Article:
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Frontiers in plant science

A Reliable Protocol for In situ microRNAs Detection in Feeding Sites Induced by Root-Knot Nematodes.


PMID 27458466

Abstract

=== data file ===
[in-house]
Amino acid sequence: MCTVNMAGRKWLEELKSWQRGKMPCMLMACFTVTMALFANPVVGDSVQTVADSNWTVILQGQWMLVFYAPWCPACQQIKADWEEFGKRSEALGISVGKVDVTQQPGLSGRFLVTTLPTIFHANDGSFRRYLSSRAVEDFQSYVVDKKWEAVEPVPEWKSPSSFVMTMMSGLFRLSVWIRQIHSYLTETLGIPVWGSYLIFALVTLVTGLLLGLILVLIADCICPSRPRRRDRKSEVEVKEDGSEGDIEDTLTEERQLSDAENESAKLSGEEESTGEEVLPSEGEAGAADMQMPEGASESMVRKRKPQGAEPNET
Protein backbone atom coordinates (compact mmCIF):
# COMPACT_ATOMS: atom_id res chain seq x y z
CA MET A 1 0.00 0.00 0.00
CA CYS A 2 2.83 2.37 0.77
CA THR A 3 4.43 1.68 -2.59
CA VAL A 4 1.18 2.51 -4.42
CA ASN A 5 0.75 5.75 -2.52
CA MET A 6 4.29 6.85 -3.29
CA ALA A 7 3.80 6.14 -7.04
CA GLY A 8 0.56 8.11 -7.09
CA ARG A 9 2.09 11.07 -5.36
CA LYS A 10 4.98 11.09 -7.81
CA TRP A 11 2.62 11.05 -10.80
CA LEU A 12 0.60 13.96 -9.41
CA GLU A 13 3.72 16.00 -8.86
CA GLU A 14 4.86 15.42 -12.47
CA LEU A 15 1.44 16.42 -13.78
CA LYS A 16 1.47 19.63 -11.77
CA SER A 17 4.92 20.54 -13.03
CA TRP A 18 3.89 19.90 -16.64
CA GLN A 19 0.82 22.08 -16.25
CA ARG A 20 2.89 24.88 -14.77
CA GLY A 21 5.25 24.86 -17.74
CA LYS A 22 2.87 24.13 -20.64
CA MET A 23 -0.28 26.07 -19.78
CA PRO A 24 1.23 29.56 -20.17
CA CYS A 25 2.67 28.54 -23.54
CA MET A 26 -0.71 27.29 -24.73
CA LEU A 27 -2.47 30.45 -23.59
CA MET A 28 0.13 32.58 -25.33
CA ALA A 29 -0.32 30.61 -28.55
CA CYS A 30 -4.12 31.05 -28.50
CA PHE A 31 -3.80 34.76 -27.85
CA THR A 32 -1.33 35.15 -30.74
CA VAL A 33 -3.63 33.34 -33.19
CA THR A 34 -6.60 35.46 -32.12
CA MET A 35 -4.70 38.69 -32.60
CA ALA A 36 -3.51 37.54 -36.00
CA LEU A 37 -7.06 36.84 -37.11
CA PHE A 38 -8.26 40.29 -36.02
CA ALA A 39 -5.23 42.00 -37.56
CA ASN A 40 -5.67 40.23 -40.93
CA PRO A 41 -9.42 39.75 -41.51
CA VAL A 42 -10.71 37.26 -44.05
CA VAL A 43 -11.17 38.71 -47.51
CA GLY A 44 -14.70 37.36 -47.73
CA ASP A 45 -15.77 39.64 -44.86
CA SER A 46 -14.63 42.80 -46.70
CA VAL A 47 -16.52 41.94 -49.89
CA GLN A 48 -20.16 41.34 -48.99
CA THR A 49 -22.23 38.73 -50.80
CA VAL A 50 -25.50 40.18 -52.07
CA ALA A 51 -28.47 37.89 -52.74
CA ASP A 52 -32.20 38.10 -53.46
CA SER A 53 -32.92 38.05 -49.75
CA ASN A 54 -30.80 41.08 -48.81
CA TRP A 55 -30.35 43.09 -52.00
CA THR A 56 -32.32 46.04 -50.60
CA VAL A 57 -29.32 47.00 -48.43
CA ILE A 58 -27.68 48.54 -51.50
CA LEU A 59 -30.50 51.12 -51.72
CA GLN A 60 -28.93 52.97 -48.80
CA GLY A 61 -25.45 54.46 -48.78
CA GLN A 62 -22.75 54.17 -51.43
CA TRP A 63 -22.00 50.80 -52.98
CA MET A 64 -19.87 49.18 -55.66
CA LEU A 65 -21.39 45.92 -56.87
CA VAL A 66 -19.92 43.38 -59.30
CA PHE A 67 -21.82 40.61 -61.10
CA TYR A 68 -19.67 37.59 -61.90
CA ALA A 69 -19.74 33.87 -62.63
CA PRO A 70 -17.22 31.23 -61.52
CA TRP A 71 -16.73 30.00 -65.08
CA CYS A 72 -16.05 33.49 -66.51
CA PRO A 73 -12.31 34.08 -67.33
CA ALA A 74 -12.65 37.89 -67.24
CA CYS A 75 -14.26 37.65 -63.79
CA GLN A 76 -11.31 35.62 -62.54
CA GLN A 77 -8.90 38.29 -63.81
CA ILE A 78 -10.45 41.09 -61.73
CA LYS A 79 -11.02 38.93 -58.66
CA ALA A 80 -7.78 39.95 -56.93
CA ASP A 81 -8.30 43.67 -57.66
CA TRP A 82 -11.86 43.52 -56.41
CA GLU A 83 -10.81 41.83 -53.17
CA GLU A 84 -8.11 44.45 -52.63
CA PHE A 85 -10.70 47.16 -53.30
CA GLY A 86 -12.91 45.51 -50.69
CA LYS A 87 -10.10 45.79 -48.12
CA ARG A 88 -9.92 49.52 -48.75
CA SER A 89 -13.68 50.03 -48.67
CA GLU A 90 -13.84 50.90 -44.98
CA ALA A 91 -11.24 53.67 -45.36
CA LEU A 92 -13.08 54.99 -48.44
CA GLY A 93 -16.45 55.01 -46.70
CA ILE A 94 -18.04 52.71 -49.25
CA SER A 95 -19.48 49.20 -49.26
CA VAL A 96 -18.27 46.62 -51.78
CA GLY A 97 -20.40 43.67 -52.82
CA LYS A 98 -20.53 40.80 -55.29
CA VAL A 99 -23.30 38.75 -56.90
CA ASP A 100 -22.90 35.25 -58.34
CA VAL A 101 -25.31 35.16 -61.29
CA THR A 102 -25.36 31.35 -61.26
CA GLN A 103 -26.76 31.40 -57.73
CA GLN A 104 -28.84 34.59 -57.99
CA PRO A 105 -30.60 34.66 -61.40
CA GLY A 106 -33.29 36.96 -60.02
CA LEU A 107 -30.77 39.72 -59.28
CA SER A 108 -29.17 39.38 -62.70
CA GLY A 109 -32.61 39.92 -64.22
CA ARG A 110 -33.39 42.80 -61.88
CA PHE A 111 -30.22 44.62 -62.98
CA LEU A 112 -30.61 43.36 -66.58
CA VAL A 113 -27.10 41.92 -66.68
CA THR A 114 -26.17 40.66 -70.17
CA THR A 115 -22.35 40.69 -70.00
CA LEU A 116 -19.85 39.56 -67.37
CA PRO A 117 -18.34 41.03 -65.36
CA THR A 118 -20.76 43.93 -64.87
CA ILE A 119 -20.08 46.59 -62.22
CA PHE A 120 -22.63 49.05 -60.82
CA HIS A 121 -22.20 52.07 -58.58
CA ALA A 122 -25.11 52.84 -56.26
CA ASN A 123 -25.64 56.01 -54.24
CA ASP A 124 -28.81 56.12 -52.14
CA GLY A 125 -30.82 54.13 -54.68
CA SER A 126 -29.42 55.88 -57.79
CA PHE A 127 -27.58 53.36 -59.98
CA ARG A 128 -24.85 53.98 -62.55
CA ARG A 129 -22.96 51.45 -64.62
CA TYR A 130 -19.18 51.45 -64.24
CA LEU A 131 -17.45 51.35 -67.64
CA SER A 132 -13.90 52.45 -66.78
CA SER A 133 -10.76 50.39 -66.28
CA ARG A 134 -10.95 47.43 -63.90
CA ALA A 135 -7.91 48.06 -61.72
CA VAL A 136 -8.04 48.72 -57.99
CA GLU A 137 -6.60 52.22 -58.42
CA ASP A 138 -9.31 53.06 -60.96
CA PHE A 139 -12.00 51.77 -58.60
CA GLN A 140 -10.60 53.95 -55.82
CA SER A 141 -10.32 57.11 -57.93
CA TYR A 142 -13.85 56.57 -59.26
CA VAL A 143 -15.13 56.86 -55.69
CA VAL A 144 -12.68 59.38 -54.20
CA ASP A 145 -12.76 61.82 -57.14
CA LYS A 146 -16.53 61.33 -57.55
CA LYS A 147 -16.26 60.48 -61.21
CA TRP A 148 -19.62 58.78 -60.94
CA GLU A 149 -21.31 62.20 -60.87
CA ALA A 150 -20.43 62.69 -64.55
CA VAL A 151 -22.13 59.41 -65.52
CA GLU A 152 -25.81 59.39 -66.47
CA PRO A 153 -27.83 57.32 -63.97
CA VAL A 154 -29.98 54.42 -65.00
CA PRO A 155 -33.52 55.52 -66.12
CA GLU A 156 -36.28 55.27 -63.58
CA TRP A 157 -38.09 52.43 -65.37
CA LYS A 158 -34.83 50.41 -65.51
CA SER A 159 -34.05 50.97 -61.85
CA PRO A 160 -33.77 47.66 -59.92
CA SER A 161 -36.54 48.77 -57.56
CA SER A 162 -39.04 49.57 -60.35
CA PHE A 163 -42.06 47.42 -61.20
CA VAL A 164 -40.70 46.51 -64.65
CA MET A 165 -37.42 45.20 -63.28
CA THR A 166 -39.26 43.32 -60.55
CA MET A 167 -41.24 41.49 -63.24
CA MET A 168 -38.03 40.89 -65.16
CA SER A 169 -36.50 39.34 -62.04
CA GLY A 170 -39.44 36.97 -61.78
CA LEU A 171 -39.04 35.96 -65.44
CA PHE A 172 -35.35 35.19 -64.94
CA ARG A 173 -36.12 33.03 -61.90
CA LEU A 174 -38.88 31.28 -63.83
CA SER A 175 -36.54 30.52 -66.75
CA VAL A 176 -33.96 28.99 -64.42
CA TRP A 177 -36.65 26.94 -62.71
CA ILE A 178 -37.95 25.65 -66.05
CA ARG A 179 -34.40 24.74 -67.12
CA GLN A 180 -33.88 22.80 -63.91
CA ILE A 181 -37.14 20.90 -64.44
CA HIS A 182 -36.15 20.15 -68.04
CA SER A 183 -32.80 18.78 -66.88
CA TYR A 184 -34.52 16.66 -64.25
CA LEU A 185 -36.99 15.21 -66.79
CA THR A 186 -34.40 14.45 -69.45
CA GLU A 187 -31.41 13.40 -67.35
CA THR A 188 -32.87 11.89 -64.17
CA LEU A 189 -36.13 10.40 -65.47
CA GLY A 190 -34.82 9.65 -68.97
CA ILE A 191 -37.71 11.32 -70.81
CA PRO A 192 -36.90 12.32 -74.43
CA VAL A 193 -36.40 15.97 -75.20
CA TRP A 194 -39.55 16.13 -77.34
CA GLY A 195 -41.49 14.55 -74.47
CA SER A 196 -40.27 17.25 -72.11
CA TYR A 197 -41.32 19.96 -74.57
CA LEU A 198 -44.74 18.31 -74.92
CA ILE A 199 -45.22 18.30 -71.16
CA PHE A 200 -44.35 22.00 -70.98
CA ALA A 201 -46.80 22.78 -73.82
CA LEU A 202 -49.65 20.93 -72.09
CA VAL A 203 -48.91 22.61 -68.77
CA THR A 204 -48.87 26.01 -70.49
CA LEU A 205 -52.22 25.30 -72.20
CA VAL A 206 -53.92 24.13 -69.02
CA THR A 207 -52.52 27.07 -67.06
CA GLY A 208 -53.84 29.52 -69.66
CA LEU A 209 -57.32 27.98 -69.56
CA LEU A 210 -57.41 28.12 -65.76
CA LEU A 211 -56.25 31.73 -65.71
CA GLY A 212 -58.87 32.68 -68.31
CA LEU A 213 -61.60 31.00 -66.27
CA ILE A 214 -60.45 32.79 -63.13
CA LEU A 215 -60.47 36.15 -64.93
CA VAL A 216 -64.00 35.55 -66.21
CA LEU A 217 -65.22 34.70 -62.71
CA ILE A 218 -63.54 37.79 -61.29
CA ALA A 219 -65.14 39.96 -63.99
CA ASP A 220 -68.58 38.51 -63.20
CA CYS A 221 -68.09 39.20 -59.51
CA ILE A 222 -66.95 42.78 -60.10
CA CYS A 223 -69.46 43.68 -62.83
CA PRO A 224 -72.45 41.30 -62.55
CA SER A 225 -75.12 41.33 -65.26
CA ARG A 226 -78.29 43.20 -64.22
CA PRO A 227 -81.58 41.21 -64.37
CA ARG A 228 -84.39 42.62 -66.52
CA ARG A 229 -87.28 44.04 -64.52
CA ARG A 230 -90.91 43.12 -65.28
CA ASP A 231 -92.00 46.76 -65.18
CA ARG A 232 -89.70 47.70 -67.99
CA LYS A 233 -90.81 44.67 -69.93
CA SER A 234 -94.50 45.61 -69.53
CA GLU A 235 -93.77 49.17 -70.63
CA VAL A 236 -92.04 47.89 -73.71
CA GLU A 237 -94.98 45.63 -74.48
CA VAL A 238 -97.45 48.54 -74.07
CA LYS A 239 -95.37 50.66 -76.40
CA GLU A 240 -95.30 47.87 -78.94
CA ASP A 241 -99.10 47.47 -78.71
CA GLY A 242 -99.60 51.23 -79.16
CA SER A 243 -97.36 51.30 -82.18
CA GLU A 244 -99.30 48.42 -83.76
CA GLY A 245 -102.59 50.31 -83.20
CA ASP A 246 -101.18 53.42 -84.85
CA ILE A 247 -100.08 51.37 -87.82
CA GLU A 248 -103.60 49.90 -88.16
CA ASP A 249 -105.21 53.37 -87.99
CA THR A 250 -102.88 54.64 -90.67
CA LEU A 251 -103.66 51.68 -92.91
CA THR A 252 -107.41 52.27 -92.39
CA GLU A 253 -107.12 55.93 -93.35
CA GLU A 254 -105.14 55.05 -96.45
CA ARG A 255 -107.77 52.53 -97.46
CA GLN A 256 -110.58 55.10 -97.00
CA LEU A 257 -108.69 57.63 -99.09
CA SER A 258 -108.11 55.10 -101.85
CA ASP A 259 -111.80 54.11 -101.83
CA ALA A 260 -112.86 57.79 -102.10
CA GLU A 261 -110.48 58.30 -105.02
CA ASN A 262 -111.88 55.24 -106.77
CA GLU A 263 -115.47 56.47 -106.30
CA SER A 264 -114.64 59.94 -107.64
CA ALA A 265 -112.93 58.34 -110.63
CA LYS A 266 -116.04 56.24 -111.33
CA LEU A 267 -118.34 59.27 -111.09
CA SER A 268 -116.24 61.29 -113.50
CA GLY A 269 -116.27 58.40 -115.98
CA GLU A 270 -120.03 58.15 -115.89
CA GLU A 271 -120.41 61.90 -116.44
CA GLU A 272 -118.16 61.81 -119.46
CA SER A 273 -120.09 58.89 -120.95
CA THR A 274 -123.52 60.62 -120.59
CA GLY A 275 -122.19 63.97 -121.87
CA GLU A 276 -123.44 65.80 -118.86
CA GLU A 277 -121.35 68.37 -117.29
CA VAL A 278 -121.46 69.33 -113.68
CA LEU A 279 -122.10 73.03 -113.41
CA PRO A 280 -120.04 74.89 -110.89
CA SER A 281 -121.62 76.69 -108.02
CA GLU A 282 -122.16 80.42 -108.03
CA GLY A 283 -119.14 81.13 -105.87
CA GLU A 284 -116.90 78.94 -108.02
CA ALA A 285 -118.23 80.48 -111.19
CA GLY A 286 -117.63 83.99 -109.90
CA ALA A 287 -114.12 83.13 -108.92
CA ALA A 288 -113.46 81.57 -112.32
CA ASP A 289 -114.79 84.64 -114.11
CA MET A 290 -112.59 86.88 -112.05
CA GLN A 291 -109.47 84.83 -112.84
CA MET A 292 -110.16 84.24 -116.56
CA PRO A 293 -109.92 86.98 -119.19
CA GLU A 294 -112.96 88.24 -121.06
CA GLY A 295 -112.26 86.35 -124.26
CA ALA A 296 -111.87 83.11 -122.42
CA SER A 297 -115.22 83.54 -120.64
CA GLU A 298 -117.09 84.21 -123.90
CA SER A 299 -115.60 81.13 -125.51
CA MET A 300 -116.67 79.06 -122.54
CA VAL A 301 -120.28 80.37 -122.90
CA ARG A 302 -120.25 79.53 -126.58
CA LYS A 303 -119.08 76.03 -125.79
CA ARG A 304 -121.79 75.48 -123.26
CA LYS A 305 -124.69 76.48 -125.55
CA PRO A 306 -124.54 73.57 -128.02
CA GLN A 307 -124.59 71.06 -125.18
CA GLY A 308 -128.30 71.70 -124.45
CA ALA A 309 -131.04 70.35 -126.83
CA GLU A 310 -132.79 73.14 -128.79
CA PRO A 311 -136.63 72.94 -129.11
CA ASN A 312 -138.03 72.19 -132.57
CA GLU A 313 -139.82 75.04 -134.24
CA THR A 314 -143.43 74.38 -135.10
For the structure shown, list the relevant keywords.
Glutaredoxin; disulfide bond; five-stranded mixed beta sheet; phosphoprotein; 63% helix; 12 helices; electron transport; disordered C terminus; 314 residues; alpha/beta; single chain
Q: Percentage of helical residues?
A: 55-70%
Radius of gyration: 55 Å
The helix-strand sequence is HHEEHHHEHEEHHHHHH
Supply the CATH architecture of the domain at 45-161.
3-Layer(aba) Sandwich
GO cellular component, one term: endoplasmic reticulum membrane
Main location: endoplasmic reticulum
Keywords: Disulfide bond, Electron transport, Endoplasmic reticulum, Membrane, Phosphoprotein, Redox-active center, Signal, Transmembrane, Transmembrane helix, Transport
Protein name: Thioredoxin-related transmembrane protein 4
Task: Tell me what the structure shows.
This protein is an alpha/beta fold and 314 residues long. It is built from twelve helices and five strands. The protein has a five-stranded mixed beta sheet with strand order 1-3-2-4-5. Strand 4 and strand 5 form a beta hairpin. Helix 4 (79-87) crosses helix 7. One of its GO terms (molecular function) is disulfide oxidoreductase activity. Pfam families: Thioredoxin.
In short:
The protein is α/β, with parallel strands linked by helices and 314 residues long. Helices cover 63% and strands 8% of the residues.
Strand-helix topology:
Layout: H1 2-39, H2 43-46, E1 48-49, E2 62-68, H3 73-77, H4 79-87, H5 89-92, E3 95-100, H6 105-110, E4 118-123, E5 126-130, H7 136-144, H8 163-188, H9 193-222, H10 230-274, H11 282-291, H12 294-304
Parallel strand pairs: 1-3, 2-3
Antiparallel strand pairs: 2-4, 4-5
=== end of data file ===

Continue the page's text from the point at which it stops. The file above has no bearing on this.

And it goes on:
Galls induced by Meloidogyne spp. in plant roots are a complex organ formed by heterogeneous tissues; within them there are 5-8 giant cells (GCs) that root-knot nematodes use for their own nurturing. Subtle regulatory mechanisms likely mediate the massive gene repression described at early infection stages in galls, particularly in giant cells. Some of these mechanisms are mediated by microRNAs (miRNAs); hence we describe a reliable protocol to detect miRNAs abundance within the gall tissues induced by Meloidogyne spp. Some methods are available to determine the abundance of specific miRNAs in different plant parts; however, galls are complex organs formed by different tissues. Therefore, detection of miRNAs at the cellular level is particularly important to understand specific regulatory mechanisms operating within the GCs. In situ hybridization (ISH) is a classical, robust and accurate method that allows the localization of specific RNAs directly on plant tissues. We present for the first time an adapted and standardized ISH protocol to detect miRNAs in GCs induced by nematodes based on tissue embedded in paraffin and on-slide ISH of miRNAs. It can be adapted to any laboratory with no more requirements than a microtome and an optical microscope and it takes 10 days to perform once plant material has been collected. It showed to be very valuable for a quick detection of miRNAs expression pattern in tomato. We tested the protocol for miR390, as massive sequencing analysis showed that miR390 was induced at 3 dpi (days post-infection) in Arabidopsis galls and miR390 is 100% conserved between Arabidopsis and tomato. Successful localization of miR390 in tomato GCs constitutes a validation of this method that could be easily extended to other crops and/or syncytia induced by cyst nematodes. Finally, the protocol also includes guidance on troubleshooting.